The Washington Supreme Court issued its decision in T-Mobile USA INC. v. Selective Insurance Company of America on October 10, 2019. The majority opinion, joined by seven of the nine justices, held that an agent with apparent authority can bind an insurance company through written representations, even if contrary to the policy.
This case reached the Washington Supreme Court through a certification from the Ninth Circuit Court of Appeals. The Ninth Circuit sought an answer as to whether an insurance company is bound by its agent’s written representation on a Certificate of Insurance that a company is an additional insured in a given policy. The Ninth Circuit had already ruled that the agent acted with apparent authority and the Certificates of Insurance included disclaimers stating the Certificates could not “amend, extend, or alter the coverage afforded by” the policy.
This case arose from the construction of a cell phone tower on the roof of a New York Building. T-Mobile Northeast (“T-Mobile NE”) hired a contractor for the project. The contract between them required the contractor to name T-Mobile NE as an additional insured and to provide annual Certificates of Insurance showing coverage. The contractor obtained a policy through Selective Insurance Company of America (“Selective”). T-Mobile NE became an additional insured under the policy based on the contract with the contractor. For the next seven years, Selective’s agent issued a series of Certificates of Insurance naming “T-Mobile USA, its subsidiaries and affiliates” as additional insureds. T-Mobile USA is a parent company for T-Mobile NE, but was not involved in the project or identified in the construction contract. Selective never objected to the agent’s issuance of the Certificates of insurance.
The owner of the rooftop sued the contractor and T-Mobile USA for damage that occurred during the construction. Both T-Mobile USA and the contractor tendered to Selective. However, Selective denied T-Mobile USA’s claim because T-Mobile USA was not an additional insured per the policy and construction contract. T-Mobile USA then sued Selective for coverage and defense. After having its claims dismissed on Summary Judgment, T-Mobile USA appealed. On appeal, the Ninth Circuit certified to the Washington Supreme Court the following question:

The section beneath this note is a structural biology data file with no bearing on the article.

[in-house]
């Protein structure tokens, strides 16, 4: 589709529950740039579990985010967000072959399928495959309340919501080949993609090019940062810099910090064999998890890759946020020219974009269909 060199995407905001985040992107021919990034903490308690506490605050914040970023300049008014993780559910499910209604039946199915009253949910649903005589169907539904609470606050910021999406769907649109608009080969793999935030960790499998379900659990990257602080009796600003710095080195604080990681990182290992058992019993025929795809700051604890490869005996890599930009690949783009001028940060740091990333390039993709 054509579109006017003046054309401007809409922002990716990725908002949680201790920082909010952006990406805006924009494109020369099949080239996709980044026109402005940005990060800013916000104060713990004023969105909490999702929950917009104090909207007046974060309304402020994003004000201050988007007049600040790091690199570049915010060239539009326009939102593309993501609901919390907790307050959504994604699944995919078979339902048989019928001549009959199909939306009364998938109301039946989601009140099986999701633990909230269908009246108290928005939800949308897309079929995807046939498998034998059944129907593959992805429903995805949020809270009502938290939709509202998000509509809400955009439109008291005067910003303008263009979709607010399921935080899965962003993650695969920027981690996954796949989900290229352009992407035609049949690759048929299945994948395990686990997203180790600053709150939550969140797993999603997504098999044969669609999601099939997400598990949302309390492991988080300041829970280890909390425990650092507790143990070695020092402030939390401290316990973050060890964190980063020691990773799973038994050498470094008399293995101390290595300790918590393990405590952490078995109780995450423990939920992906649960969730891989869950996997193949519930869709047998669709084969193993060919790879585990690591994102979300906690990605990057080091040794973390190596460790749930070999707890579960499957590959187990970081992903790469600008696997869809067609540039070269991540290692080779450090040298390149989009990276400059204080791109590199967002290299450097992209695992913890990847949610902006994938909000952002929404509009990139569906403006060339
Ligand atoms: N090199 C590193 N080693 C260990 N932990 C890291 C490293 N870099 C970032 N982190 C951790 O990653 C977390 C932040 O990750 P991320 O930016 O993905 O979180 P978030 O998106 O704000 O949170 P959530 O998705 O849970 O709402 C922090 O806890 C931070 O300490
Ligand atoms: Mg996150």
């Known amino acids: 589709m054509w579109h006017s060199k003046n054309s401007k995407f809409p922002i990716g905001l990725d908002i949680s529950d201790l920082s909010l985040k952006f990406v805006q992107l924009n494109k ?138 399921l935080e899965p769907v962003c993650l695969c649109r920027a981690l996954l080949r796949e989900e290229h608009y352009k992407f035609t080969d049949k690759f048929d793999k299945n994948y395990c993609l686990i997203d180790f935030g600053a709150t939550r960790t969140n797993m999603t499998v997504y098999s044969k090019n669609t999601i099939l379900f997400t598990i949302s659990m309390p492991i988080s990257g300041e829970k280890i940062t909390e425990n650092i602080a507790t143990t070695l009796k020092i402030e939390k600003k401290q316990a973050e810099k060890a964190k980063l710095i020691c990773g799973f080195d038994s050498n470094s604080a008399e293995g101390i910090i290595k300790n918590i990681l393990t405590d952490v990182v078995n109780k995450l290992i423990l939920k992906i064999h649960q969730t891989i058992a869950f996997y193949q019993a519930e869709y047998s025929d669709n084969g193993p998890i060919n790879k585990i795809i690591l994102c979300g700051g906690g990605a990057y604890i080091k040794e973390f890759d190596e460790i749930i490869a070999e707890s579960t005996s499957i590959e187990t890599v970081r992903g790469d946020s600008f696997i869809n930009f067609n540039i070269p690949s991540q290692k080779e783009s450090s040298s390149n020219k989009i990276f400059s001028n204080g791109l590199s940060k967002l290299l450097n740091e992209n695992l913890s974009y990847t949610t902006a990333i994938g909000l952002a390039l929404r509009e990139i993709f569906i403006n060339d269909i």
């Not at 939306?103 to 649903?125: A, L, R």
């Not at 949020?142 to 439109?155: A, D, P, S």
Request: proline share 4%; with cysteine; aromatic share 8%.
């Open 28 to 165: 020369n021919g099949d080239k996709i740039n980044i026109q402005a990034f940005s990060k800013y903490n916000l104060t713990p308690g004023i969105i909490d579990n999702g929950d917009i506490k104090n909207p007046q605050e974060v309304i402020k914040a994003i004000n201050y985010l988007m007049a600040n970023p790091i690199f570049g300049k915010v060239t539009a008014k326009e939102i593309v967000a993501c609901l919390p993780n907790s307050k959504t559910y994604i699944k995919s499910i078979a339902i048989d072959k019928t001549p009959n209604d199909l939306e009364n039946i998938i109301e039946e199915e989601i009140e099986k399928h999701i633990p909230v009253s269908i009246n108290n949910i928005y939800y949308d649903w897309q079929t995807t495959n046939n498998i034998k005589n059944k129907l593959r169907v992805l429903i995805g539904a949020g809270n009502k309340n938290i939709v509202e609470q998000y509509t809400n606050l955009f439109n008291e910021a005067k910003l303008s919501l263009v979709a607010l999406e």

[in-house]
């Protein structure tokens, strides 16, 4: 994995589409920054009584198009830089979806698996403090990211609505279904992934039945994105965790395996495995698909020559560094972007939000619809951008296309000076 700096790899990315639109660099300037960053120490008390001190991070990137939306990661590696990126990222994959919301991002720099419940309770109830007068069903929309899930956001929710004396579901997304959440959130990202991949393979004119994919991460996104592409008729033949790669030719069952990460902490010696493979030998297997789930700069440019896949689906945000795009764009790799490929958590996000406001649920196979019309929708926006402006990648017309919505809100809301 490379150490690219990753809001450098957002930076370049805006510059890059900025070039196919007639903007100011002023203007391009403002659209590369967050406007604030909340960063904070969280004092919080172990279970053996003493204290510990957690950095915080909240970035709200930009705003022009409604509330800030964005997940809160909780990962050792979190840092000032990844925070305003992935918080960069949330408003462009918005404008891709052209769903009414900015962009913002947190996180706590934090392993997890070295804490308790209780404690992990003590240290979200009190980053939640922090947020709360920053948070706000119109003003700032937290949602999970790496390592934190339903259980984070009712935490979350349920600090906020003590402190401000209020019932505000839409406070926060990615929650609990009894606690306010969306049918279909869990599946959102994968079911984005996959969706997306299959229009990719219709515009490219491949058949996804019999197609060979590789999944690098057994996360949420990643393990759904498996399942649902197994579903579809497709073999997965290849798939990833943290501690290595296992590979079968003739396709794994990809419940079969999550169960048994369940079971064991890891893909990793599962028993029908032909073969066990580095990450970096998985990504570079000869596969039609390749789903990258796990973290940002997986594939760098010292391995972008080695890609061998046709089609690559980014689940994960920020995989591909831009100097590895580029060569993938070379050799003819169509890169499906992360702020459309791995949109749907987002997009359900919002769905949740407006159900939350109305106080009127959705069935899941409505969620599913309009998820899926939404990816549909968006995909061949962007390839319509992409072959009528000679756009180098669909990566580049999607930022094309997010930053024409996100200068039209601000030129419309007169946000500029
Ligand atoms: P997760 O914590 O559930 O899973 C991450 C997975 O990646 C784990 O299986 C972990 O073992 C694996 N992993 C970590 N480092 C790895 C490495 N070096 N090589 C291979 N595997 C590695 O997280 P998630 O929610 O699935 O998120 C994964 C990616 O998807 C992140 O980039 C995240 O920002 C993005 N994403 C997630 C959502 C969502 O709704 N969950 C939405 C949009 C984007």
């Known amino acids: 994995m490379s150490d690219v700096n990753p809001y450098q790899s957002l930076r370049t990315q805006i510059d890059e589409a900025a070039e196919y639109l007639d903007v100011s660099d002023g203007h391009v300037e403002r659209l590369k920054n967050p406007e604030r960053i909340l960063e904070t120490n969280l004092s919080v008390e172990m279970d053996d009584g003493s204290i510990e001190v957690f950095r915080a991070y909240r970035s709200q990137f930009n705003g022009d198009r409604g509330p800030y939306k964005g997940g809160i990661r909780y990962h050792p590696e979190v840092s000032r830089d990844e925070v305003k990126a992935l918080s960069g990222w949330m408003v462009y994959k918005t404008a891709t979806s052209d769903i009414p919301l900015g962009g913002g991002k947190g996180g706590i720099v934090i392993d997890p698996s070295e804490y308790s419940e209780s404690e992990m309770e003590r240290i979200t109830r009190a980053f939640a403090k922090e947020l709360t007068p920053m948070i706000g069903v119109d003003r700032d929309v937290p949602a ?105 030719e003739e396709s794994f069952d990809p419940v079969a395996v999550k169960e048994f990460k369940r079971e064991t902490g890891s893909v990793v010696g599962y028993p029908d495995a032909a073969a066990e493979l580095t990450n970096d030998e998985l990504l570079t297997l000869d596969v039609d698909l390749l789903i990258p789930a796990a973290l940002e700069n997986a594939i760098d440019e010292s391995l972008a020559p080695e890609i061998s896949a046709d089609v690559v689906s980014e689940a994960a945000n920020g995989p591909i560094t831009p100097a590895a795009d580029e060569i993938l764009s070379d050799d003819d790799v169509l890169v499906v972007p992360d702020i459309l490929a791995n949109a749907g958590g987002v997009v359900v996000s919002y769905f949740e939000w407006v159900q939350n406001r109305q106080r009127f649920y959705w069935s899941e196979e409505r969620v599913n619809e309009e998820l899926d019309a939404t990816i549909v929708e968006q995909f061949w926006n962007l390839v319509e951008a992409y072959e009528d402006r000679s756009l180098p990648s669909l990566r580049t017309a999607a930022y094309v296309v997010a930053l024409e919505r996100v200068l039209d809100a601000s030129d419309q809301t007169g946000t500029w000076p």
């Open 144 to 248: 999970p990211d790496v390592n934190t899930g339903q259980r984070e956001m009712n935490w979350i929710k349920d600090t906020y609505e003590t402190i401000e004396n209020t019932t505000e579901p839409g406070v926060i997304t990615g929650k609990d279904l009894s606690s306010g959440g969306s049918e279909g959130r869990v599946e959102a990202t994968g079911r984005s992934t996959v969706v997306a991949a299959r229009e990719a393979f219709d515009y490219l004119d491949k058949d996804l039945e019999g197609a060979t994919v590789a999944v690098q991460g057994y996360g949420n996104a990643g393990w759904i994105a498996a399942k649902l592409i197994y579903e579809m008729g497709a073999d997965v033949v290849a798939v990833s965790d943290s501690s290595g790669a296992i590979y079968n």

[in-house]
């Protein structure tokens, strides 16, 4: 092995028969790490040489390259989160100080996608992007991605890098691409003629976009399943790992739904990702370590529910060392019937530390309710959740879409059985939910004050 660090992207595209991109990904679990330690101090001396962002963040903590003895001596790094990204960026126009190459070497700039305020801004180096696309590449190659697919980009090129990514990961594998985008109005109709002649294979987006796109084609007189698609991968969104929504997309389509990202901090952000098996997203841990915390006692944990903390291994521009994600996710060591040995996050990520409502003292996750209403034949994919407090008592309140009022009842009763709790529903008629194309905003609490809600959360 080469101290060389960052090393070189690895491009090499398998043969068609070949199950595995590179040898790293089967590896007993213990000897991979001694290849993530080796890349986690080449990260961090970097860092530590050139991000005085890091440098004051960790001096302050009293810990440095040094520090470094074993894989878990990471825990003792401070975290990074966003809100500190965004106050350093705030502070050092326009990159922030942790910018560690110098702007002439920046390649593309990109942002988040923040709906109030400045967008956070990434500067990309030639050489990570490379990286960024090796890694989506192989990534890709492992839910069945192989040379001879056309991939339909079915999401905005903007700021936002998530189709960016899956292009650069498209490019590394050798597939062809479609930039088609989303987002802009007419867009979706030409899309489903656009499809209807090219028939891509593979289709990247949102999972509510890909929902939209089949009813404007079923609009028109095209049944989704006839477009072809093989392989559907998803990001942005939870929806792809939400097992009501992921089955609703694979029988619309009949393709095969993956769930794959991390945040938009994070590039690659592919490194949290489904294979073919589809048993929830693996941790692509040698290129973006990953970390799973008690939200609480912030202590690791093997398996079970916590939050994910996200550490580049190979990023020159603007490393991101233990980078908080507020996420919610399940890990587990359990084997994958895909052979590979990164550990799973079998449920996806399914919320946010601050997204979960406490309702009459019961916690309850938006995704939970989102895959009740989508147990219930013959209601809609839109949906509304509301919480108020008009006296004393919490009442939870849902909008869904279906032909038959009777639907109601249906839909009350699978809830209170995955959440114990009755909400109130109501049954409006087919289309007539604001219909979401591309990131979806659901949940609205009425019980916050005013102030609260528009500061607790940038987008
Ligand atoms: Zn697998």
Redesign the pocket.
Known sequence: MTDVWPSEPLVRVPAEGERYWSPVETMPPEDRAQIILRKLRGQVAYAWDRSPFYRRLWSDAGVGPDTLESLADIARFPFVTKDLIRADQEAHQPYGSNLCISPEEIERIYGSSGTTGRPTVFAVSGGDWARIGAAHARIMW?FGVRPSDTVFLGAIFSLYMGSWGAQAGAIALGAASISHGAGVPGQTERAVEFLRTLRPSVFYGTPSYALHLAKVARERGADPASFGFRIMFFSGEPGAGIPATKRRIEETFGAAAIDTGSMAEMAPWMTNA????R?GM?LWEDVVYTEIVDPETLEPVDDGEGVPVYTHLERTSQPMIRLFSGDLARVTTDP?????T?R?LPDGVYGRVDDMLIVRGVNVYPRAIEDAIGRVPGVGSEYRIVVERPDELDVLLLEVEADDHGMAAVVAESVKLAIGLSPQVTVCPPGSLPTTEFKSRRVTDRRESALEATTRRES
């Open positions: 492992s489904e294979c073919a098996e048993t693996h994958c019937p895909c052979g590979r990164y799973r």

“Under Washington law, is an insurer bound by representations made by its authorized agent in a Certificate of insurance with respect to a party’s status as an additional insured under a policy issued by the insurer, when the Certificate includes language disclaiming its authority and ability to expand coverage?”

The Washington Supreme Court held that the Certificates of Insurance naming T-Mobile USA as an additional insured superseded the policy. The Court reasoned that the representations in the Certificates of Insurance were binding because they were made by an agent with apparent authority to bind Selective. The specific naming of T-Mobile USA as an additional insured controlled over general disclaimers. The Court also found Selective’s public policy arguments unpersuasive.
The two dissenting justices did not agree with the Court’s ruling because T-Mobile USA was not an insured under the terms of the Selective policy. They asserted that sophisticated business entities cannot reasonably rely on a Certificate of Insurance with clear disclaiming language.
This is an impactful decision regarding the use of Certificates of Insurance. Insurance companies in Washington must make sure Certificates of Insurance issued by agents accurately represent their insurance policies. Companies cannot rely on the general disclaimer language. The principle that an agent’s representations bind their employer may appear in other contexts too.
If you have any questions regarding the effect of this case or any other issues involving Washington insurance law, please contact our offices.